Editors' ChoiceCell Biology

Exit by Exosome

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Science Signaling  28 Sep 2010:
Vol. 3, Issue 141, pp. ec294
DOI: 10.1126/scisignal.3141ec294

Tetraspanins are transmembrane proteins that show decreased abundance in various tumors. In contrast, increased abundance of β-catenin is associated with colon cancer. Basal phosphorylation by glycogen synthase 3β (GSK-3β) targets β-catenin for proteosomal degradation; signals that prevent GSK-3β phosphorylation enable the nuclear translocation of stabilized β-catenin and initiation of gene transcription. Previous microarray analysis suggested that the tetraspanin CD9 may inhibit Wnt signaling, leading Chairoungdua et al. to investigate a possible link. In cells expressing β-catenin, cotransfection of the tetraspanins CD9 or CD82, but not CD63, decreased the cytoplasmic and nuclear abundance of β-catenin and the activity of a β-catenin transcriptional reporter. The decrease in β-catenin abundance did not occur through degradation by proteasomal or lysosomal pathways and did not require GSK-3β. Instead, the localization of β-catenin changed from nuclear (when a control plasmid or CD63 was cotransfected) to punctate and membrane-associated (when CD9 or CD82 was cotransfected). Electron microscopy revealed that β-catenin was released in exosomes. Besides coexpression of CD9 and CD82, exosomal release of β-catenin required E-cadherin, and CD82 coimmunoprecipitated with β-catenin and E-cadherin in transfected cells. Bone marrow–derived dendritic cells from Cd9–/– knockout mice released fewer exosomes than those from wild-type mice, suggesting a functional role for CD9 in exosome formation. Thus, CD9 and CD82 antagonize β-catenin–dependent signaling by promoting the extracellular release of β-catenin in exosomes.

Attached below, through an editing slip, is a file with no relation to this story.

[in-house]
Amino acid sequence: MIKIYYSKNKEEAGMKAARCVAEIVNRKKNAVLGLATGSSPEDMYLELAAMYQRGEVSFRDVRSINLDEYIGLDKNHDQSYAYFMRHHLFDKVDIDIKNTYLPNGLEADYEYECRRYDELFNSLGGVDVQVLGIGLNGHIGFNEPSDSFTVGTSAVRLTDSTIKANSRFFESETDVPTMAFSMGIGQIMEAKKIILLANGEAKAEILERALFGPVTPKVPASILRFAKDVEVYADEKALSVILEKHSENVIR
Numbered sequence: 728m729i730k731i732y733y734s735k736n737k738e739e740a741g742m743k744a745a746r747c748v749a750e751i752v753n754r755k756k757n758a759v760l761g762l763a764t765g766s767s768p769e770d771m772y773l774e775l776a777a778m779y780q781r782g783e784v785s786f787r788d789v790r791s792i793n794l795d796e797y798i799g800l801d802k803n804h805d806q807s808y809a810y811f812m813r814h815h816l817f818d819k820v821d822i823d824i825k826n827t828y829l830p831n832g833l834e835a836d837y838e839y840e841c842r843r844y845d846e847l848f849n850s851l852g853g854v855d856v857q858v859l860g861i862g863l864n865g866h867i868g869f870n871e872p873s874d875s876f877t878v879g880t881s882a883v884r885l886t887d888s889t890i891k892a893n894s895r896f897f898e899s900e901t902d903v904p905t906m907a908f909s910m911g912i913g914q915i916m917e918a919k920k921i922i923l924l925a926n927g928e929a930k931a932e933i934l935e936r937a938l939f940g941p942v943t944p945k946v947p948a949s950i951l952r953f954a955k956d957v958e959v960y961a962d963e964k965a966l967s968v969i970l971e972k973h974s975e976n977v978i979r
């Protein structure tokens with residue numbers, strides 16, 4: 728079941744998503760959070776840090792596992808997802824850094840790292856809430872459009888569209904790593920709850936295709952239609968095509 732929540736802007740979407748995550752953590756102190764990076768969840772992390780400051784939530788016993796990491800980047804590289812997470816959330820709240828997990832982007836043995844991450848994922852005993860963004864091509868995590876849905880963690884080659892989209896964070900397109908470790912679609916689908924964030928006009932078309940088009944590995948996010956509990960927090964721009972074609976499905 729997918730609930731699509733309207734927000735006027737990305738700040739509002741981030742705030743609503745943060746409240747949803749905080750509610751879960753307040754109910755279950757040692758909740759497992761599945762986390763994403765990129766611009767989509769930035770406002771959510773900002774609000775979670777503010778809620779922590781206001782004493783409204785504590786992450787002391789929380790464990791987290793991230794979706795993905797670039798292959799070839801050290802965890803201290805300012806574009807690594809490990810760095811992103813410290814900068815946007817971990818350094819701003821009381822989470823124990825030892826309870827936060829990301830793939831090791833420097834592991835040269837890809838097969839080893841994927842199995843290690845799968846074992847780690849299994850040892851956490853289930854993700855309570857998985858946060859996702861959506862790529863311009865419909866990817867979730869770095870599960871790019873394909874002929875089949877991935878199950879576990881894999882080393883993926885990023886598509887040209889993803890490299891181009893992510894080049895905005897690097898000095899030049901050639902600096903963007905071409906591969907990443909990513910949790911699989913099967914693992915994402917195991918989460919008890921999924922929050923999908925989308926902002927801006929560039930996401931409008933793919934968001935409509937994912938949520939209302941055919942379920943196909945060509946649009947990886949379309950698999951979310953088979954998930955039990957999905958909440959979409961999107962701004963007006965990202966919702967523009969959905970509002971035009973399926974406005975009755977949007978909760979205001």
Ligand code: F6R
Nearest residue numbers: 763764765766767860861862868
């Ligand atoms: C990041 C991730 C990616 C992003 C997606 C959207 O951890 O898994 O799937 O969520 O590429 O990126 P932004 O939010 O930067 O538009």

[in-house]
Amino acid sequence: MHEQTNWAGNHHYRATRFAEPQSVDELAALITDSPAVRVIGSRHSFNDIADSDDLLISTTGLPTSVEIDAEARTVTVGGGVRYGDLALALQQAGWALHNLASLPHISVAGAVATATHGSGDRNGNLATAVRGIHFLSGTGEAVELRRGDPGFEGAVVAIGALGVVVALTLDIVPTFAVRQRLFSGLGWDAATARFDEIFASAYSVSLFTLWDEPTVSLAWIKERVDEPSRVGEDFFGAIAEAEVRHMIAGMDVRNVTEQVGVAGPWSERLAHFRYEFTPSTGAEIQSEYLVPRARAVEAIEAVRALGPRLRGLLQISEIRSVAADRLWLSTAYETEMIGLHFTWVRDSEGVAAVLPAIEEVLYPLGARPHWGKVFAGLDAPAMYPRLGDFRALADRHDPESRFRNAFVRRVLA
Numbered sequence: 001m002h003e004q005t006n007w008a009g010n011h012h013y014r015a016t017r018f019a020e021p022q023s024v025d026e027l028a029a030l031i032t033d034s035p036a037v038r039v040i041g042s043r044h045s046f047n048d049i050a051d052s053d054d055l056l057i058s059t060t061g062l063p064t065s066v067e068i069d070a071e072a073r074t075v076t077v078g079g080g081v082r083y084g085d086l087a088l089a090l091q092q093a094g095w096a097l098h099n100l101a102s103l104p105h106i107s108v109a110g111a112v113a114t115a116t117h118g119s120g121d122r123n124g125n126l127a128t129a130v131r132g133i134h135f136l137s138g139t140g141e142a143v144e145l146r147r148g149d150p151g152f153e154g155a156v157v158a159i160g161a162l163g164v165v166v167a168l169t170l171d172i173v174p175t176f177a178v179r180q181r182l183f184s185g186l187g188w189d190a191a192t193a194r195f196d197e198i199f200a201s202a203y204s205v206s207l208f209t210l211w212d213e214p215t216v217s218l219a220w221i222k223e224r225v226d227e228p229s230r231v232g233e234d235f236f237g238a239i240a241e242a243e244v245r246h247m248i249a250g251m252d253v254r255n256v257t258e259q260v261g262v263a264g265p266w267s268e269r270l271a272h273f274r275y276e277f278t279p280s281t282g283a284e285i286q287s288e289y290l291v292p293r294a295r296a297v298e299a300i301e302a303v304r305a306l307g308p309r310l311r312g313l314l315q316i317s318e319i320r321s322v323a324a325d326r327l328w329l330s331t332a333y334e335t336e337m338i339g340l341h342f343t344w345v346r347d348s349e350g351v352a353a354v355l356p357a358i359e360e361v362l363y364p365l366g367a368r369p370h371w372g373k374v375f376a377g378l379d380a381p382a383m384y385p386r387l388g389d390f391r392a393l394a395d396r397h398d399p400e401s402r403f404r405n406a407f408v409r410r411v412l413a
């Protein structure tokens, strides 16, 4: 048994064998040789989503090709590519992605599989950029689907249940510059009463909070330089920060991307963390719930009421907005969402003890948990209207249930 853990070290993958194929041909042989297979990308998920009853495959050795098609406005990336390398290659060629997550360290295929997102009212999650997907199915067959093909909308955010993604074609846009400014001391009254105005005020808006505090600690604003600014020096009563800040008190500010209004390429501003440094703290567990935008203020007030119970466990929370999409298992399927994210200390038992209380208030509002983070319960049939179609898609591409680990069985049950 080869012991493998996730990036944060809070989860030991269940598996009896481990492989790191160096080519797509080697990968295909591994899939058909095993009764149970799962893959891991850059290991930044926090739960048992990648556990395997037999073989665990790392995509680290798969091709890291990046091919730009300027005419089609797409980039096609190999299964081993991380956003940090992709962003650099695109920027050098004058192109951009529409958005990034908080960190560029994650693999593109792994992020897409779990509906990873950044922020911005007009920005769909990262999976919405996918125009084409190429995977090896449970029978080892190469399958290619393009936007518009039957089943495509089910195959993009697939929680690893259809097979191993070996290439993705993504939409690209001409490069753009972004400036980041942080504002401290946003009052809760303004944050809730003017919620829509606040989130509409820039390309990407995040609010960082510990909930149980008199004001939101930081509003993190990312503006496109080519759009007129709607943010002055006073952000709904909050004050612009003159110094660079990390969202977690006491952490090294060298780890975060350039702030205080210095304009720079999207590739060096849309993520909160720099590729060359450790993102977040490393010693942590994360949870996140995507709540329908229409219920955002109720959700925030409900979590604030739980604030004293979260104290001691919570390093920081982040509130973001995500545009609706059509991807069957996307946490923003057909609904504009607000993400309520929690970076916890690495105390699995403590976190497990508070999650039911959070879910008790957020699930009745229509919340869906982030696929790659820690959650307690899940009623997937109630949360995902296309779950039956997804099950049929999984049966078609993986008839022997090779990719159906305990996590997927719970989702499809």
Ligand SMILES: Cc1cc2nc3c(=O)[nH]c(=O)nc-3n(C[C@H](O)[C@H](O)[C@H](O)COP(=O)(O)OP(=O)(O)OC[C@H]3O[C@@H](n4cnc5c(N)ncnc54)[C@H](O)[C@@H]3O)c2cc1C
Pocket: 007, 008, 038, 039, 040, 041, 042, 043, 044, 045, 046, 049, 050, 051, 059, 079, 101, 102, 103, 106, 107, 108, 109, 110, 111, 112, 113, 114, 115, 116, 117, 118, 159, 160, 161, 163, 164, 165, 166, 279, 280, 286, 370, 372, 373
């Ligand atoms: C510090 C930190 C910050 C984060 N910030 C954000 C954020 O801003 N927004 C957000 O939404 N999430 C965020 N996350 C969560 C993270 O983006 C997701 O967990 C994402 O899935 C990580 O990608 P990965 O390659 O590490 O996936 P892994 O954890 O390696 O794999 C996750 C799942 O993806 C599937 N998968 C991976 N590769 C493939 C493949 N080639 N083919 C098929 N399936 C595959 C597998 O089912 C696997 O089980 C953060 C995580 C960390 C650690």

A. Chairoungdua, D. L. Smith, P. Pochard, M. Hull, M. J. Caplan, Exosome release of β-catenin: A novel mechanism that antagonizes Wnt signaling. J. Cell Biol. 190, 1079–1091 (2010). [Abstract] [Full Text]

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